Bottom line, I found a much better fishing platform than a kayak and still a very ecological option especially when this boat is paired with a propane powered Lehr outboard engine.
I have not paddled the solo skiff, but I assume that this can be done easily. The solo skiff is genuinely engineered is one of kind: there are no other boats like it. It securely occupies a unique niche and the price is right for a well rigged skiff without an engine (MSRP is $2,600 and the current delivery time is ~6-10 weeks).
Good job Tom!
Optics play an important role in the game of sight fishing. In this game, if you can’t see the fish, you are not catching them, whether you are searching for green or pink backed laid up poons in dark Everglades water or the slight blue off the fin of a pale white redfish in the sandy bottoms of the Islamorada flats. Picking up on these slight signs of life make the difference between getting your shot or blowing it. Having the best lens on the market has always been my top priority. Without bringing in names of other brands, I have tried every amber/copper based polarized lens on the market and I seem to settle for one until I find a better one on the next round.
During the Salty Fly in Tampa this year, I was able to pick up a pair of RCI Optics Monster Hole frames with the Copper based Sunrise Gold Mirror Lens shades. It became evident that they cut through the glare and repelled water very well. The lenses had just the right amount of contrast and did not over-contrast. While bonefishing, the first thing I noticed when comparing side by side with my old preferred lens was that the RCI lenses cut through that white glary stuff much better… I would say at least 30% better. This made all the difference in the world during one of my last bonefish missions where white clouds dusted the horizon. The frames I preferred was the “Monster Hole”, conveniently named after a popular surf spot. They fit my wider asian face very well and temples remained very comfortable around the tops of my ears during and after a day of fishing. Needless to say, I was very impressed and have now made the switch.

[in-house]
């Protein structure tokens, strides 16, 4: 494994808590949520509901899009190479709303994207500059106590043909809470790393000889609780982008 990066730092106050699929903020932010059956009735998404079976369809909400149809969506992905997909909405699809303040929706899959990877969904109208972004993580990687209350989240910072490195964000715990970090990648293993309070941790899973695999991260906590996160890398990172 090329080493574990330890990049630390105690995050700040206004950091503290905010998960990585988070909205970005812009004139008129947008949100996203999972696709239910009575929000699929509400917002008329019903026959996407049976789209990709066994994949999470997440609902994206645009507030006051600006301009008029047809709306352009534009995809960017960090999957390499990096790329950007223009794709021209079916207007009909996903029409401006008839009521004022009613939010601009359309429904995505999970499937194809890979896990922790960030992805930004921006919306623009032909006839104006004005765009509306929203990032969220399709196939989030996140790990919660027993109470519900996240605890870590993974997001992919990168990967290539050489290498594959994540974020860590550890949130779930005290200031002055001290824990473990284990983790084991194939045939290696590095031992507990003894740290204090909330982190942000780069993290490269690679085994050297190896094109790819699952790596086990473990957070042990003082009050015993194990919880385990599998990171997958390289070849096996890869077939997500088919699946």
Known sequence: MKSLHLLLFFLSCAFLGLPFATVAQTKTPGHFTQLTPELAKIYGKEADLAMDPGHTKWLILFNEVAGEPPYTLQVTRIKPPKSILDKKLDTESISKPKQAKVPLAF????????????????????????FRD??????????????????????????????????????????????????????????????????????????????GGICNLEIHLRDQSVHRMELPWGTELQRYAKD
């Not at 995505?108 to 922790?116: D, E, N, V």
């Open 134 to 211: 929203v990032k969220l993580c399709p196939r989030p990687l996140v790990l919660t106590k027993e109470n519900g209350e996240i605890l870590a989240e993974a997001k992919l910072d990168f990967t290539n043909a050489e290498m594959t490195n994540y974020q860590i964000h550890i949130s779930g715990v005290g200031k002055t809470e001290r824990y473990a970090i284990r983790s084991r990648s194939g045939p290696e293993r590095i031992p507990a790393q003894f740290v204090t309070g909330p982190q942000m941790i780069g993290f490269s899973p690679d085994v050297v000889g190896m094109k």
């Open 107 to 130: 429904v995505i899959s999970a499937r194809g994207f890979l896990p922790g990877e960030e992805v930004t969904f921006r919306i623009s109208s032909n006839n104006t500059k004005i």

The Techy geeky stuff…
“Made in Italy” speaks for the great quality of the frames. The frames are extremely durable and light weight. The lenses are made of a material six times harder then poly lenses and pass the ANSI Z78 rating (I think this is where they shoot the lens at point blank with a low caliber round). Together, these components make for what I feel are the best fishing shades I have ever fished.
For more info visit http://rcioptics.com or give the guys at Shady Characters Sunglass Emporium a shout at 321-953-9875.